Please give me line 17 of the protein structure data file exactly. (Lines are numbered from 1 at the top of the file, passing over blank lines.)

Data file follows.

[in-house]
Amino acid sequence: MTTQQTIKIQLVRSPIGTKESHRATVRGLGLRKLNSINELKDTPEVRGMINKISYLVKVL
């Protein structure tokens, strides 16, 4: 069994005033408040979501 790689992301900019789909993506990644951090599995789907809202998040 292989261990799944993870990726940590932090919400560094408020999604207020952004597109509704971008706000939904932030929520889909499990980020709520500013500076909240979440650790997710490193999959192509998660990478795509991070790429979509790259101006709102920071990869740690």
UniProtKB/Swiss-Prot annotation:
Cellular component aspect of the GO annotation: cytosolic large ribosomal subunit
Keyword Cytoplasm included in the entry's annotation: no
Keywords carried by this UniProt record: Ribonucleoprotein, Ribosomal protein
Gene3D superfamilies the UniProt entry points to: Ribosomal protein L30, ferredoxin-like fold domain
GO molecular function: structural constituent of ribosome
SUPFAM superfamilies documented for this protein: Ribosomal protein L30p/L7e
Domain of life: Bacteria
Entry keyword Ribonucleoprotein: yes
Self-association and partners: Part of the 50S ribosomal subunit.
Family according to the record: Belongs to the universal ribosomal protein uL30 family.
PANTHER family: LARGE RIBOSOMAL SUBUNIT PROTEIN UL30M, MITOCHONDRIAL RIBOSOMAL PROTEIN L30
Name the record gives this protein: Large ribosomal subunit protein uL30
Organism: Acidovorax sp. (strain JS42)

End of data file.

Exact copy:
Organism: Acidovorax sp. (strain JS42)